Photo (c) General Motors
2017 Buick Encore Test Drive And Review: Fleet Favorite – Forbes
The competition in the compact crossover SUV class is fierce, and it’s where some of my favorite all-around workhorses live. The Toyota RAV4, Honda CR-V, Nissan Rogue and Mazda CX-5 have absorbed most of my attention. Recently, on a trip to Michigan, I found myself in a rare position for an automotive journalist – traveling on my own dime. Rather than attempting to arrange a press vehicle, I decided to behave like an average consumer. I opened my wallet and rented a car at the airport. I chose a 2017 Buick Encore.
Encore is an SUV with European roots, based on the Opel Mokka. Elsewhere in the world, Mokka-based vehicles wear the name Bitter Mokka, Vauxhall Mokka and Holden Trax. Mokka also underlies the Chevrolet Trax, which is sold here in the US. The first Buick Encore models in the United States were sold as 2013 models. Encore is currently Buick’s top-selling model.
Encore has made its way with few major changes since its debut. 2017 sees some cosmetic changes on the exterior, with new front and rear fascia designs, new headlights and taillights with LED signature lighting, a new hood and new front fenders. The interior has also been updated, with higher quality materials, more chrome and contrast stitching.
On the technology side, my rented Buick was equipped with a 4.2-inch color driver information center in the instrument panel, and an 8-inch color touchscreen interface for Buick inteliLiink infotainment. Push-button start and a proximity key are standard, and once you get inside there’s an eight-way power driver’s seat. Apple CarPlay and Android Auto are optional, and were included on my rental. OnStar Guidance was also fitted to the Encore, a $349 annual subscription.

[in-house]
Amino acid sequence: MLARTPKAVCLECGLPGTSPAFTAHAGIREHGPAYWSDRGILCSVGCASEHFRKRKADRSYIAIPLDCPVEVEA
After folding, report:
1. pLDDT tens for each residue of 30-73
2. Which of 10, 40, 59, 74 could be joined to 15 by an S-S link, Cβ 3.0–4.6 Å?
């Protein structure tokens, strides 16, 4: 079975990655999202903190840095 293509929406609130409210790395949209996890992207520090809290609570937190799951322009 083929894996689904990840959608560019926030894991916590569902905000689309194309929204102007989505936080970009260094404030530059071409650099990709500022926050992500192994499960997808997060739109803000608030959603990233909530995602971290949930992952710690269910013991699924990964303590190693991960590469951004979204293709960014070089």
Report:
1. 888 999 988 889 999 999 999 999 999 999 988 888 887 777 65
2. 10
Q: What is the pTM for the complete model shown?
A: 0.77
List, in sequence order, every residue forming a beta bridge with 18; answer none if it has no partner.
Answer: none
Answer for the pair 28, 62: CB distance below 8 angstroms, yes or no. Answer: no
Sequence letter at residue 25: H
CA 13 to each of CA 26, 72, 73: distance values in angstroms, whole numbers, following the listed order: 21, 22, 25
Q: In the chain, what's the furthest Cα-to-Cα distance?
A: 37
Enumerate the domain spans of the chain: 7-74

There’s plenty to love about the Encore. Its 1.4-liter turbocharged DOHC inline-4-cylinder engine and 6-speed automatic transmission delivers adequate performance (138 hp and 148 lb-ft of torque), and great fuel economy (25 mpg city/33 mpg highway with front-wheel drive; 23 mpg city/30 mpg highway with all-wheel drive). The interior was genuinely comfortable, and roomier than the crossover’s compact exterior leads you to expect. OnStar Guidance is worth the price of admission – just push a button on the touchscreen or on the rearview mirror, and you’re quickly connected to a live operator who helps you find your destination, and directions are downloaded into your vehicle to provide turn-by-turn instruction. It’s a pretty good system, as long as you stay on the route. Depart from the route, and guidance pauses. You have to re-engage guidance and update to get a new route. It’s a little clunky, but you don’t have to stop the car to get directions, and that’s good.